Graduate Uses Technology to Help Fight Human Rights Abuses
While satellite images of towns and cities are being seen by more and more people thanks to online resources like Google Maps, the technology offers more than a view of a neighboring backyard or a childhood home.
Specialists like Eastern Kentucky University alumna Susan Wolfinbarger, a senior program associate for the American Association for the Advancement of Science’s Geospatial Technologies and Human Rights Program, are using satellite technology to monitor human-rights abuses and assist with crisis intervention around the world.
High-resolution digital images taken from satellites are now capable of showing analysts trees, military machinery, burned-out homes, blocked roadways, mortar damage and even larger groups of people.
Wolfinbarger, who earned bachelor’s degrees in geography and Spanish from EKU in 2004, recently reviewed satellite images of towns in Syria released by Amnesty International, which commissioned a satellite imaging company to take the photos and document existing situations in the war-ravaged country as part of its ongoing efforts to prevent human rights abuse. She appeared on the PBS program “NewsHour” to comment on the findings.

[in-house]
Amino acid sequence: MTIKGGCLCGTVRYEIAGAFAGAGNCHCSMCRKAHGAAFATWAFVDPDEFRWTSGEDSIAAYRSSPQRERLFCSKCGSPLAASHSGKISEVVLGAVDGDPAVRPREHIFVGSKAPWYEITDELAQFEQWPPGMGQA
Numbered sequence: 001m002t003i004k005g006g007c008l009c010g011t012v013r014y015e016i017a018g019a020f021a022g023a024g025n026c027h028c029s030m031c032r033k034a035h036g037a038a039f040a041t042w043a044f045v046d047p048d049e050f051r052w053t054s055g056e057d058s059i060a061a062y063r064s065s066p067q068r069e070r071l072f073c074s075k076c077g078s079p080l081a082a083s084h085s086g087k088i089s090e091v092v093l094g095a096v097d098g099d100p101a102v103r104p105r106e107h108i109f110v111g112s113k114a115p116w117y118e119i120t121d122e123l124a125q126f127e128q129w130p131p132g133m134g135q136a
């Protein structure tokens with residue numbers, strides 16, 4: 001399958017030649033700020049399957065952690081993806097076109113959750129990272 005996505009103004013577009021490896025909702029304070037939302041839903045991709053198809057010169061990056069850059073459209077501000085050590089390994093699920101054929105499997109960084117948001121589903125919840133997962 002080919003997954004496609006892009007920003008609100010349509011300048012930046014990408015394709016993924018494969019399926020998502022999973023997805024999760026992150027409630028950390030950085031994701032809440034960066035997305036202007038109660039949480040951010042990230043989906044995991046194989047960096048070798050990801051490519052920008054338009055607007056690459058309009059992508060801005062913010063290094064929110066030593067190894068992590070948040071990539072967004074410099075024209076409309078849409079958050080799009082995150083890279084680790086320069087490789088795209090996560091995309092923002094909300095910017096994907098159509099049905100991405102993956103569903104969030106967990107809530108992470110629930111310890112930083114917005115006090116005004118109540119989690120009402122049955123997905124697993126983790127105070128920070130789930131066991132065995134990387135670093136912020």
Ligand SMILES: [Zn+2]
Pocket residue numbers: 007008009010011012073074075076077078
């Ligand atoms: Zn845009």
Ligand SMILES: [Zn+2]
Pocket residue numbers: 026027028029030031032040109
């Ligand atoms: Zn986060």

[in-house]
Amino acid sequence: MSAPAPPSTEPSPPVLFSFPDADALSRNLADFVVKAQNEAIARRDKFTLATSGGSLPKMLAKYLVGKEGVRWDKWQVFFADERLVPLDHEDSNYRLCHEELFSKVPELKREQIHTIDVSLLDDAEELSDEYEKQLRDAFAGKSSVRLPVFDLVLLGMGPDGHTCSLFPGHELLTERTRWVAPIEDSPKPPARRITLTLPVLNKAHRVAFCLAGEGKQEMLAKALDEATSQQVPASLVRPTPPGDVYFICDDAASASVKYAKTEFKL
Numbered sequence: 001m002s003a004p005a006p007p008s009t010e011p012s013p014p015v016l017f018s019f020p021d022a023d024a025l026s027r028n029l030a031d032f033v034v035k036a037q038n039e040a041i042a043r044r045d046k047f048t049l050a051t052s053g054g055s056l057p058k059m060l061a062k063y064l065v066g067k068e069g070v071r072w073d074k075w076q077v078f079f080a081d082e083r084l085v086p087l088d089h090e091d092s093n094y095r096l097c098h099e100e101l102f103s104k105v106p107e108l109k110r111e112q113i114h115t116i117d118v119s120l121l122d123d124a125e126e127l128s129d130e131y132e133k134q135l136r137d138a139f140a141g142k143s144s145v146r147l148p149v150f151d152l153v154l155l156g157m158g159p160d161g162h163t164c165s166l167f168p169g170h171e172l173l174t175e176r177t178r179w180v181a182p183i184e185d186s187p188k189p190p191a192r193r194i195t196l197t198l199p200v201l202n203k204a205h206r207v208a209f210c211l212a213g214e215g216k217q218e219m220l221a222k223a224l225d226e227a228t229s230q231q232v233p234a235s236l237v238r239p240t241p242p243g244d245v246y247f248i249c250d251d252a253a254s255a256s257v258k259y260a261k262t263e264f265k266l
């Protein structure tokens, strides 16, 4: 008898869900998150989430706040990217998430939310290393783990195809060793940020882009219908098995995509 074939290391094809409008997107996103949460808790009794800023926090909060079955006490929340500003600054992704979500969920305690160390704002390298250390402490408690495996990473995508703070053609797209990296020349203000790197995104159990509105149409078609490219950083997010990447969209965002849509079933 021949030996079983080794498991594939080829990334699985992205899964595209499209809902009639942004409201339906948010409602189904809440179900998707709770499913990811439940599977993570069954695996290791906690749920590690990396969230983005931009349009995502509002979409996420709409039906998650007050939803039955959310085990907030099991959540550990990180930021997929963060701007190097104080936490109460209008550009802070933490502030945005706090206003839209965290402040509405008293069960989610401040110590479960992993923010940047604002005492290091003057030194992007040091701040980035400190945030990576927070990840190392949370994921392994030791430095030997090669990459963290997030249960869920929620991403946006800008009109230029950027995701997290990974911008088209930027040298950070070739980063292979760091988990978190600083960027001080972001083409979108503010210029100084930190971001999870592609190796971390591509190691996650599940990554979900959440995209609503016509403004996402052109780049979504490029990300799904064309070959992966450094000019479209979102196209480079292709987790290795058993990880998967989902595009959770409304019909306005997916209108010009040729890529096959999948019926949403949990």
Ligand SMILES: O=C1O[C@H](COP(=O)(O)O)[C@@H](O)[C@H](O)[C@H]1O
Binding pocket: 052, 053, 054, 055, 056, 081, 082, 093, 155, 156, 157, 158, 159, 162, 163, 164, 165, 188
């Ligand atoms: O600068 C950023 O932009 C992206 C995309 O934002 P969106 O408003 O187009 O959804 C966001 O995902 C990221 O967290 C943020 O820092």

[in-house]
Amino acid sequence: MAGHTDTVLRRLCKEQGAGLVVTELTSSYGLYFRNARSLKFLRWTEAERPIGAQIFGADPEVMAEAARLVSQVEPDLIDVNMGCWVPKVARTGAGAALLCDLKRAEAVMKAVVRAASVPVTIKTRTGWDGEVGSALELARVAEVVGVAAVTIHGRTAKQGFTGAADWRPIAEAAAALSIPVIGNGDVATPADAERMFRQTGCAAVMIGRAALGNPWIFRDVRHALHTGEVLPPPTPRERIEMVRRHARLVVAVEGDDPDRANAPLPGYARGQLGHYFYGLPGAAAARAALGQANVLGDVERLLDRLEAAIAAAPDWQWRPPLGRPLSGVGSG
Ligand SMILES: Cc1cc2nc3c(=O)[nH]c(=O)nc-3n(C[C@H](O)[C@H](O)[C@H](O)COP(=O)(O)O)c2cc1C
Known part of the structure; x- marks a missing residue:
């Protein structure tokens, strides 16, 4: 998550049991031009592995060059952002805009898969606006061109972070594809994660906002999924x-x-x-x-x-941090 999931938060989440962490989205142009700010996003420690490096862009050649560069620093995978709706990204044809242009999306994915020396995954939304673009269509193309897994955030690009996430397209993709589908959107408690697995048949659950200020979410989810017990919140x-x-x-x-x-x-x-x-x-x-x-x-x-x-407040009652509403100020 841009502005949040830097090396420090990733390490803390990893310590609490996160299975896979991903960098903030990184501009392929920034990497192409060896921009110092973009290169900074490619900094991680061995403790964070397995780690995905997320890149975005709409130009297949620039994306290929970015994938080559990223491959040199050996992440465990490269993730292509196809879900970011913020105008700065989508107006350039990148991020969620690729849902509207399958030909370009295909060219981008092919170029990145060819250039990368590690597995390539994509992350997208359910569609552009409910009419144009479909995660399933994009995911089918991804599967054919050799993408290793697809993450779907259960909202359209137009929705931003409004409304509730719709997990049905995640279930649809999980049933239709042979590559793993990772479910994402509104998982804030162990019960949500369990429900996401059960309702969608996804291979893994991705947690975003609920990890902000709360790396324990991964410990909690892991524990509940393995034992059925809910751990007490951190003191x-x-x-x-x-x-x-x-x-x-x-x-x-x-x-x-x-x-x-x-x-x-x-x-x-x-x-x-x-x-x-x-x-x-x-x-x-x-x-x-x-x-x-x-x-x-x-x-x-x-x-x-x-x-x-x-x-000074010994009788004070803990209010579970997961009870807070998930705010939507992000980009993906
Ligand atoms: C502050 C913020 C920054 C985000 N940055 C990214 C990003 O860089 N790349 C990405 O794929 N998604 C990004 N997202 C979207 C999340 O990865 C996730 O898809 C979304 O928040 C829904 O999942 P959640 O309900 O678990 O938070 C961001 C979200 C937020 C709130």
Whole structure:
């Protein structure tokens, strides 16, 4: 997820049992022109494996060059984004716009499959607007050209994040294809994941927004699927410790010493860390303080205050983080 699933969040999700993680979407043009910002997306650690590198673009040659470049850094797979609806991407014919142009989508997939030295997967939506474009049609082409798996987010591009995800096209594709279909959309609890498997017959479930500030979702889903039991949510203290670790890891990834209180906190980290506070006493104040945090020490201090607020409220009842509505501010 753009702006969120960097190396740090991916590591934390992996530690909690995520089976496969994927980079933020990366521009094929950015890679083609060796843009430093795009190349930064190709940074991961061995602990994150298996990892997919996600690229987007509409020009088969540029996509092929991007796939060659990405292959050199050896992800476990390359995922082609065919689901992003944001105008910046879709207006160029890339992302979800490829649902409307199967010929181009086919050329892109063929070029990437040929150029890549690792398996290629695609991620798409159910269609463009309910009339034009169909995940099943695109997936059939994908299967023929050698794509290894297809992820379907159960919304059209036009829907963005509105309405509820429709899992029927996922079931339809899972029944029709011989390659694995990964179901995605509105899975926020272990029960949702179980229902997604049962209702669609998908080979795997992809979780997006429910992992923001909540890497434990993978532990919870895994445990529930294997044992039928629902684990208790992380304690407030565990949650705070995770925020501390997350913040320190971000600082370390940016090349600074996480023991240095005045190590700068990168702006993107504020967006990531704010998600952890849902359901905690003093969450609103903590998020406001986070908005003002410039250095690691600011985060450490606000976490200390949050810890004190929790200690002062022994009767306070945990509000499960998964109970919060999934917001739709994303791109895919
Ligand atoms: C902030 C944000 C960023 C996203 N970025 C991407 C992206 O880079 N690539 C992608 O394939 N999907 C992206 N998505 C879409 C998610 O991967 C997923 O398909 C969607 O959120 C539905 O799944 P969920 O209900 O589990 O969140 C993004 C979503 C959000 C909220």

She does similar human rights analysis with satellite imagery worldwide. The AAAS program has documented village destruction in Darfur, armed conflict in cities in places like Libya, mass graves in Afghanistan and oil spills in Nigeria.
“By documenting human rights abuses, we provide scientific proof to support the claims of victims,” Wolfinbarger explained. “Many times there is no proof other than the victim’s word that an abuse has occurred. For example, in refugee situations, such as Darfur, people are forced to flee the destruction of their villages and travel great distances to seek shelter in camps. Being able to use satellite imagery to find the village and to prove that it was destroyed is a powerful tool when telling the stories of victims and to aid in seeking redress.”
Wolfinbarger’s first international experience came during her time at Eastern when she took part in a Kentucky Institute for International Studies study abroad program in Ecuador and the Galapagos Islands.
“That was the first time I had ever been on an airplane or left the country,” the Irvine native said. “I also did a senior thesis where I did field work in Oaxaca, Mexico. These opportunities made me really fall in love with research and learning more about the world outside of my day-to-day life.”
She went on to earn advanced degrees in geography (a master’s from George Washington University and doctoral from Ohio State University) but, according to Wolfinbarger, the path to her career as a geographer definitely began at EKU during her first class with Dr. David Zurick.
“I cannot say enough how wonderful the geography department at EKU is,” she said. “Dave is responsible for me becoming a geographer. I took his Geography 101 class and was mesmerized every day by the amazing things he taught us about the world. It is a rare thing for someone to be able to captivate a room full of undergrads!”